Bruneian: 1,040 persons[1]
    Burmese: 9,150 persons[1]
    Cambodian: 41,950 persons[1]
    Chin: 1,745 persons[1]
    Igorot: 7,535 persons[1]
    Ilocano: 25,575 persons[1]
    Indonesian: 26,330 persons[1]
    Javanese: 1,015[1]
    Karen: 6,050 persons[1]
    Laotian: 25,875 persons[1]
    Malay: 9,795 persons[1]
    Malaysian: 17,050 persons[1]
    Singaporean: 6,060 persons[1]
    Thai: 22,275 persons[1]
    Vietnamese: 275,530 persons[1]
  4. ^ Including Hongkongese
  5. ^ a b c Not otherwise specified
  6. ^ a b c d e f g h i j k Not included elsewhere
  7. ^ a b The question on knowledge of languages allows for multiple responses.
  8. ^ a b Chaochow, Teochow, Fukien, Taiwanese
  9. ^ Including Kapampangan and Pampango
  10. ^ a b c d e f g h i j k l m n o p q r s t Northwest Territories includes Nunavut, as the territory was not created until 1999.

References

  1. ^ a b c d e f g h i j k l m n o p q r s t u v w x y z aa ab ac ad ae Government of Canada, Statistics Canada (October 26, 2022). "Ethnic or cultural origin by gender and age: Canada, provinces and territories, census metropolitan areas and census agglomerations with parts". www12.statcan.gc.ca. Retrieved October 26, 2022.
  2. ^ a b c d e f g h i j Government of Canada, Statistics Canada (October 26, 2022). "Visible minority and population group by generation status: Canada, provinces and territories, census metropolitan areas and census agglomerations with parts". www12.statcan.gc.ca. Retrieved January 11, 2023.
  3. ^ "Language". Census Profile, 2016 Census. Statistics Canada. November 29, 2017. Retrieved May 8, 2021.
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  6. ^ Laurence J. C. Ma; Carolyn L. Cartier (2003). The Chinese Diaspora: Space, Place, Mobility, and Identity. Rowman & Littlefield. ISBN 978-0-7425-1756-1.
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  25. ^ Lisa Rose Mar (2010). Brokering Belonging: Chinese in Canada's Exclusion Era, 1885–1945. Oxford University Press. p. 112. ISBN 9780199780051.
  26. ^ Singh, Hira, p. 94[permanent dead link] (Archive).
  27. ^ "FIRST SIKH TEMPLE IN NORTH AMERICA". March 10, 2021. The first Sikhs came to Golden about 1902, arriving to work in the sawmill of the Columbia River Lumber Company. When the Sikhs arrived in Golden the community was in its infancy and the sawmill had recently opened. The Columbia River Lumber Company recognized the value of these tall strong men and had no problem with the men. They hired them to work in the lumberyard, planer, and sawmill. The first documented proof that we have of South Asians of the Sikh faith being residents of Golden is a copy of a telegram sent to G.T. Bradshaw, Chief of Police, New Westminster from Colin Cameron, Chief of Police, Golden, BC on July 20, 1902. It was sent collect and reads: Geha Singh of Golden sent a telegram to Santa Singh care of Small and Bucklin for one thousand dollars.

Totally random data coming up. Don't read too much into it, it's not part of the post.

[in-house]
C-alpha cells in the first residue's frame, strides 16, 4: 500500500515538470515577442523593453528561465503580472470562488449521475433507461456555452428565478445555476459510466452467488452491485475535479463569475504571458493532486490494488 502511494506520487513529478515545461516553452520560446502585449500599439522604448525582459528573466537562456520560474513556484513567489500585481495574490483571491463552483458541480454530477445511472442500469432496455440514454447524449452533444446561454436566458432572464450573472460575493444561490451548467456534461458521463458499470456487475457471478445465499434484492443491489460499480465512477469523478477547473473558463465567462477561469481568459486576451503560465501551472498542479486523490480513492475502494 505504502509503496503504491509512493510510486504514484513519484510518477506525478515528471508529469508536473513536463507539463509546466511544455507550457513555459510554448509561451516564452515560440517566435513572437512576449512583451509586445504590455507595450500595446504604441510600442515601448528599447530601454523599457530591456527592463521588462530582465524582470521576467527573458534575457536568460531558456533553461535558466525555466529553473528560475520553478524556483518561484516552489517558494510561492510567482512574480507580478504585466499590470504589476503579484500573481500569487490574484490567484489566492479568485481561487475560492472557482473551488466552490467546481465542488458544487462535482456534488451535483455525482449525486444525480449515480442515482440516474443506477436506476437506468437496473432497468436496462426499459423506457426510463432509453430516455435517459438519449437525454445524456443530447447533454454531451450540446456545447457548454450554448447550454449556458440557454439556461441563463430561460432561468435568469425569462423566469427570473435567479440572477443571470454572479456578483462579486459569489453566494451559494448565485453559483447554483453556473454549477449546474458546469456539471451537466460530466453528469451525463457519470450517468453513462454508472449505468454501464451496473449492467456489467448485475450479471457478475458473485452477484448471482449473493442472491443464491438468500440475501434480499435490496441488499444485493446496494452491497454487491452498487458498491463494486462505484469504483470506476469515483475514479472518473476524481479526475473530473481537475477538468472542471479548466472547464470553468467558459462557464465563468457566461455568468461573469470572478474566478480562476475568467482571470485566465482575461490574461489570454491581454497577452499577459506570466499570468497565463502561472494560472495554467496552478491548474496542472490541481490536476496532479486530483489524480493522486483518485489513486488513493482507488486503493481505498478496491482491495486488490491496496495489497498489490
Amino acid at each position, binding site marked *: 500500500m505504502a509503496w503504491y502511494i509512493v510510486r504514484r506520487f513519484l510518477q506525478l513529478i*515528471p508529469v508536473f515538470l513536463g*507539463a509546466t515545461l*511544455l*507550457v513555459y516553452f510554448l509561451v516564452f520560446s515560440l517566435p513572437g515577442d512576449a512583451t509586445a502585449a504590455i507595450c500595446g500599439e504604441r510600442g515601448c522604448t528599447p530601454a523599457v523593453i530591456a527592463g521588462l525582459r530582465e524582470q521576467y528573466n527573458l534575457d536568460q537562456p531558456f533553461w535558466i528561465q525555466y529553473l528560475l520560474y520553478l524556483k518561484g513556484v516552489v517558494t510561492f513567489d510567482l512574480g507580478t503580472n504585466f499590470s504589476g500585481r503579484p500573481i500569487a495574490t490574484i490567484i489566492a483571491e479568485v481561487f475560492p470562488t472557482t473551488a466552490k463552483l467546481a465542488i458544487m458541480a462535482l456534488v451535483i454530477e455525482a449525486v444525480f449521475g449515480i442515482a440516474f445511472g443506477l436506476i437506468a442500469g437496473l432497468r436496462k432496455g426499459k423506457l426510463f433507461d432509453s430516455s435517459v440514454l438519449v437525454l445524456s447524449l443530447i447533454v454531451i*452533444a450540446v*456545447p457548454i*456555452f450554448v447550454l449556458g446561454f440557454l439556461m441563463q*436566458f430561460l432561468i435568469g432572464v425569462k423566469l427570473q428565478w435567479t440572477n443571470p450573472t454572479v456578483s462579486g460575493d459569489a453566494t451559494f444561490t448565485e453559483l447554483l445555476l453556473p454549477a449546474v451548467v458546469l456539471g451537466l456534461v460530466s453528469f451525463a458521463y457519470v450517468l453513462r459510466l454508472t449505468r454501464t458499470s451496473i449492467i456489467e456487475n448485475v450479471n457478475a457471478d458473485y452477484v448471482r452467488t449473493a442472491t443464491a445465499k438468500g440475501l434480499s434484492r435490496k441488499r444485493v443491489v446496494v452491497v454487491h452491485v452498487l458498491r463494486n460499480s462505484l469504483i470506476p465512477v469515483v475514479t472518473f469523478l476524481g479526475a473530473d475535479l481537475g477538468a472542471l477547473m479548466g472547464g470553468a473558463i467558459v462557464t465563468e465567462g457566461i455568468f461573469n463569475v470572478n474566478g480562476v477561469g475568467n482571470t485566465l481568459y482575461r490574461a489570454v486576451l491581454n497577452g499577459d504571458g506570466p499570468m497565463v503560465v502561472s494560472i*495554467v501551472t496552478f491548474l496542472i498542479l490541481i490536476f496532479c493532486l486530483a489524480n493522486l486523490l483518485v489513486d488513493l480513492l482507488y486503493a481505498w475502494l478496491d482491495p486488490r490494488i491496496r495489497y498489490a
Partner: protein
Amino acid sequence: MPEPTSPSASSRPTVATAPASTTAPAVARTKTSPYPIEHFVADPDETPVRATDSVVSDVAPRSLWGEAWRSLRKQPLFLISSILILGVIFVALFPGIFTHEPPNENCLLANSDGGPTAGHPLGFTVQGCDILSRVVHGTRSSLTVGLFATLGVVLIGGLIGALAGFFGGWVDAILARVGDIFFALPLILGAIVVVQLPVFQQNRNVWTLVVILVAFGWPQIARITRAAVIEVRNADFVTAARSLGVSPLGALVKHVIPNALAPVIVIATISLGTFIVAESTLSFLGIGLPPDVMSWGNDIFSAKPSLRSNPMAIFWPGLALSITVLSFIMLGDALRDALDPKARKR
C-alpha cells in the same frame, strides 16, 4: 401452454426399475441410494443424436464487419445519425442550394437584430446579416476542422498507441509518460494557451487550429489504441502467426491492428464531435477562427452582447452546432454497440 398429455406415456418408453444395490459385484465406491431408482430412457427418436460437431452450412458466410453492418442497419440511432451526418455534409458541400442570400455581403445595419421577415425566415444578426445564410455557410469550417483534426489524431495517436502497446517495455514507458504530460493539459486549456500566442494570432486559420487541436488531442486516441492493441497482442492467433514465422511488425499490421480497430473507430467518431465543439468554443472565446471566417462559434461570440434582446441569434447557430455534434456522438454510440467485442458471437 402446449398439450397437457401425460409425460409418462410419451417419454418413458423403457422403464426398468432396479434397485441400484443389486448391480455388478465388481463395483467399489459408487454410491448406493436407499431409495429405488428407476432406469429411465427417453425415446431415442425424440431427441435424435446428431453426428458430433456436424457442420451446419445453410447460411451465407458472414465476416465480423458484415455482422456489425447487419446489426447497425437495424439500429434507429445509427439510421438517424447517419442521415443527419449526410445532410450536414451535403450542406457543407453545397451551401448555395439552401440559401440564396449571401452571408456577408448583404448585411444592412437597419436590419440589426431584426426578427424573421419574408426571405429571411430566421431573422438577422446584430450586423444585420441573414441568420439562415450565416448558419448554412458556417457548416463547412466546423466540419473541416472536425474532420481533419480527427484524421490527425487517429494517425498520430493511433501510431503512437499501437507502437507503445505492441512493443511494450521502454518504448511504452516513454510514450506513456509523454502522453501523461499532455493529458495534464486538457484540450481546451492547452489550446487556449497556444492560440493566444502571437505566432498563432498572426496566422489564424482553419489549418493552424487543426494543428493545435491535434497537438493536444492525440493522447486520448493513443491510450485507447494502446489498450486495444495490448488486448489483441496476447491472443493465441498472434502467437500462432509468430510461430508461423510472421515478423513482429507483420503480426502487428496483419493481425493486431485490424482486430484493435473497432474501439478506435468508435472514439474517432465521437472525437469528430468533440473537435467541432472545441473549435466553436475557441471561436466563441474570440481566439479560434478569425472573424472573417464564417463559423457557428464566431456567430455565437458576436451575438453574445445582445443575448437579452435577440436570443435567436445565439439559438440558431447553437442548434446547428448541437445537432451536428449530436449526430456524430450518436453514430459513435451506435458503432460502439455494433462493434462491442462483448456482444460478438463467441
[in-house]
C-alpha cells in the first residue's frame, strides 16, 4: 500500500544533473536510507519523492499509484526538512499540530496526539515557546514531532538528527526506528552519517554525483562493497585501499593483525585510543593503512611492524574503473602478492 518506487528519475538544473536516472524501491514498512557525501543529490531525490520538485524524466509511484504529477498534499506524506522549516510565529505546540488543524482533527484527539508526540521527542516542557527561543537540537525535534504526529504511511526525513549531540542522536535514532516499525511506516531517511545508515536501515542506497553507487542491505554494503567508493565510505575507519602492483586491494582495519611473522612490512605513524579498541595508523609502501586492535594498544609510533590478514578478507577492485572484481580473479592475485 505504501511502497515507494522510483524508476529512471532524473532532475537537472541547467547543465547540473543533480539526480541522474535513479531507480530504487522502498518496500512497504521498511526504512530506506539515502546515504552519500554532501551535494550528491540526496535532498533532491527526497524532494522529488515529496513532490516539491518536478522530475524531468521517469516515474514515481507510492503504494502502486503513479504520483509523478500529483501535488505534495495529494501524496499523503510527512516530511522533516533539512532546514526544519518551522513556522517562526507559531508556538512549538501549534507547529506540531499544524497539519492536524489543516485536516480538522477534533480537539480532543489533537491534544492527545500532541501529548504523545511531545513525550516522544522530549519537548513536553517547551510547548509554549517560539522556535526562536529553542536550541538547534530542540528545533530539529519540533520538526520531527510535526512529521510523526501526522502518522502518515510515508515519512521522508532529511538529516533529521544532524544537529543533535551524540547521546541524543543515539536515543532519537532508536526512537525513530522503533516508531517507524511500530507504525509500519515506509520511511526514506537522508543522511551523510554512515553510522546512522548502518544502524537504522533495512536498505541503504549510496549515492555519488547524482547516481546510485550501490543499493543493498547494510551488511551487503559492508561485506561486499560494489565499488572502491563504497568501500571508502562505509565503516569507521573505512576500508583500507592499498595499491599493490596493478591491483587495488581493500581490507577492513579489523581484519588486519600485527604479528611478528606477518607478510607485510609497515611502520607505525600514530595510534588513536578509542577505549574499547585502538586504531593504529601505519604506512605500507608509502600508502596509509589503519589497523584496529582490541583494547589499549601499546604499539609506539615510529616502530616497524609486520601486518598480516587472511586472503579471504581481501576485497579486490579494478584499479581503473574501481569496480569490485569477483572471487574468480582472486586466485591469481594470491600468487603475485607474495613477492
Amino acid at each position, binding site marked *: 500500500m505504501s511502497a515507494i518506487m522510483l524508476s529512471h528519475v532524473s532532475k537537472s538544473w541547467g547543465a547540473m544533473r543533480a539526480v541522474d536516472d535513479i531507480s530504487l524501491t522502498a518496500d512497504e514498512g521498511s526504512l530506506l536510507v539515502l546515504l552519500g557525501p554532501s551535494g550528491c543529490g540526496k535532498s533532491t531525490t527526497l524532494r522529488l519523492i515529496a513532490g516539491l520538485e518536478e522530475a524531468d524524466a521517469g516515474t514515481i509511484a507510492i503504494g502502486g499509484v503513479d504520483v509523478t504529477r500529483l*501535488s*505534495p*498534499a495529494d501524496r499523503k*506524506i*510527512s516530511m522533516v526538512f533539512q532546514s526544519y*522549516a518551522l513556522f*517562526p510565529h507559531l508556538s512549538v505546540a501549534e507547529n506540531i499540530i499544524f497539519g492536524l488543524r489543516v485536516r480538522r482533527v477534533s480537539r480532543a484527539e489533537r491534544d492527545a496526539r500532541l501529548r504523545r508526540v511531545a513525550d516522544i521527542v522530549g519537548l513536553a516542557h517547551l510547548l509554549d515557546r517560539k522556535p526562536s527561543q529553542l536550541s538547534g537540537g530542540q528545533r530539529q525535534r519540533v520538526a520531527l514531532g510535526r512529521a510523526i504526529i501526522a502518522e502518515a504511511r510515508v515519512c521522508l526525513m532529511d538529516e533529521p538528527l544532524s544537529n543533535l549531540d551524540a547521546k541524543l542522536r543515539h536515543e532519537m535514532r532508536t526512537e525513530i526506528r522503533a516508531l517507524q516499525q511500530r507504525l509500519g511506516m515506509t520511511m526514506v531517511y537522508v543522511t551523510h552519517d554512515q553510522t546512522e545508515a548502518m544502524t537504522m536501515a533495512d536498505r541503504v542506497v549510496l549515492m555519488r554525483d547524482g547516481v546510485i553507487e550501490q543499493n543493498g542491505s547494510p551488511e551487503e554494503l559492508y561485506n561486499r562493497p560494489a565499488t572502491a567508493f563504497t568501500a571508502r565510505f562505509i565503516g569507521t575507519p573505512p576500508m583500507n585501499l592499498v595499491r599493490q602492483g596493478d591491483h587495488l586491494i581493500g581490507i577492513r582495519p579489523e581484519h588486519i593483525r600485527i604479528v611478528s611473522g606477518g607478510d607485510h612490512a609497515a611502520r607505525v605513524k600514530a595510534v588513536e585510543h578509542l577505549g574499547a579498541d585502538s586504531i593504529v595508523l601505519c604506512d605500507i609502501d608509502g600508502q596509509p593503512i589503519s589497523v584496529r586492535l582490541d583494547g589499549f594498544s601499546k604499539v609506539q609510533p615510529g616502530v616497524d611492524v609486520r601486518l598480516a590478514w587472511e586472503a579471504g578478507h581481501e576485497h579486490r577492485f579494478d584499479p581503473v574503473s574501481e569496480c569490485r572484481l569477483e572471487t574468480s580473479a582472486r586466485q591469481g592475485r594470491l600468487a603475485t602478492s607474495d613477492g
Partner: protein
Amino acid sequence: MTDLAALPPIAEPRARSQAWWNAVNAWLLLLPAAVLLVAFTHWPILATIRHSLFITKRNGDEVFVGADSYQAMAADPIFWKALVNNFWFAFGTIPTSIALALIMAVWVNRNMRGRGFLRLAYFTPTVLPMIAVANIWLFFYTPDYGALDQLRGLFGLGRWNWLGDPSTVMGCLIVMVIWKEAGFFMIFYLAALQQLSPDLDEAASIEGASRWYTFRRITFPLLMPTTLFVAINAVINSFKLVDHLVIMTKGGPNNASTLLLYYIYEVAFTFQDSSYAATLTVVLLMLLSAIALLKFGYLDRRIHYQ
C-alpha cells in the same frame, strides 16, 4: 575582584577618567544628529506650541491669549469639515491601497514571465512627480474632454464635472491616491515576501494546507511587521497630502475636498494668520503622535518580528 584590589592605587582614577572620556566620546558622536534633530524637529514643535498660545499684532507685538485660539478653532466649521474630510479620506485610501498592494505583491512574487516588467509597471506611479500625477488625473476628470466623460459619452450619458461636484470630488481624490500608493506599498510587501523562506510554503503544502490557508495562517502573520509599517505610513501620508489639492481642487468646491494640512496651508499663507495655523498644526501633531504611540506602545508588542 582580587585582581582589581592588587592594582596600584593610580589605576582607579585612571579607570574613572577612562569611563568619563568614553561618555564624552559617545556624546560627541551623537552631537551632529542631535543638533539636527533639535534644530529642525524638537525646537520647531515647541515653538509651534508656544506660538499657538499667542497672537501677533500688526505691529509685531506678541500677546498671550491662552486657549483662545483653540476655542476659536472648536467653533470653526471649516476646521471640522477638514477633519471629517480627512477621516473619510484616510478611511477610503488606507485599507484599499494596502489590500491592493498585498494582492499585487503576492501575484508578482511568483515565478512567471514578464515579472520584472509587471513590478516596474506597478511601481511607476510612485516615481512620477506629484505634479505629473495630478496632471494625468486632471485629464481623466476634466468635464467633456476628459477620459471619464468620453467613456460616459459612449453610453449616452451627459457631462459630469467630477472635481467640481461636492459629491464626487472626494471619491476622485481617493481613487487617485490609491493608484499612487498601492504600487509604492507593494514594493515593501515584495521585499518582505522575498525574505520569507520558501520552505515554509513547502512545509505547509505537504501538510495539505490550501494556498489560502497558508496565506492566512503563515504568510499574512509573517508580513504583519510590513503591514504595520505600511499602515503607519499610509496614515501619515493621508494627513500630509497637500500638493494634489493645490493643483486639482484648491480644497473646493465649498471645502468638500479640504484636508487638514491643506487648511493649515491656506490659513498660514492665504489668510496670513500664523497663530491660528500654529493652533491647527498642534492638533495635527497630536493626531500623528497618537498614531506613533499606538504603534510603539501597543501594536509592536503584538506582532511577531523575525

28. ^ Abu-Laban 1983, 76.
  29. ^ "Lebanese Community". esask.uregina.ca. Retrieved September 15, 2022. People of Lebanese/ Syrian origin began immigrating to Saskatchewan in the early 1900s (some immigrants were born in what was western Syria prior to the border between Lebanon and Syria being redrawn after WORLD WAR I—those towns are now part of Lebanon—whereas the designation "Lebanese" is typically used by current families when referring to their heritage). A number of families settled in the southeast, in or near communities such as RADVILLE, CEYLON, LAMPMAN, and North Portal. Over forty individuals and families homesteaded or started businesses in small towns in the SWIFT CURRENT district. Some only remained for a year or two before moving to larger centres, but many stayed and became part of the mosaic of life in rural Saskatchewan.
  30. ^ "Salloum's Arab Cooking a delicious look at little-known Sask. history". leaderpost.com. Retrieved September 15, 2022.
  31. ^ "Old Stock Canadians: Arab Settlers in Western Canada". activehistory.ca. October 2015. Retrieved September 15, 2022. The southern Saskatchewan plains where Ganam was born, and that he dashed across, were home to many Arab settlers. Most referred to themselves and were known as Syrians, meaning that they came from an area encompassing present-day Syria and Lebanon. Arab settlers from Syria/Lebanon arrived in Western Canada starting well over one hundred years ago. They settled throughout the West but there was a significant cluster of Arabs in southern Saskatchewan on arid marginal land in the heart of Captain John Palliser's infamous triangle that he identified as an extension of the Great American Desert. Most were from eastern Lebanon and they included Muslims and Christians. They were generally single men, arriving on the Canadian prairies through the United States. Others arrived as families. Some filed on homesteads of 160 acres, and "proved up," receiving title to their land and persisted for decades. Others, like thousands of would-be homesteaders, deserted or abandoned their land. Some purchased land that they farmed. Aside from farming, Arab settlers operated general stores, bakeries and cafes in towns throughout the West and some were traveling merchants, visiting the isolated farms on foot or by horse and wagon in summer, and sleigh in winter.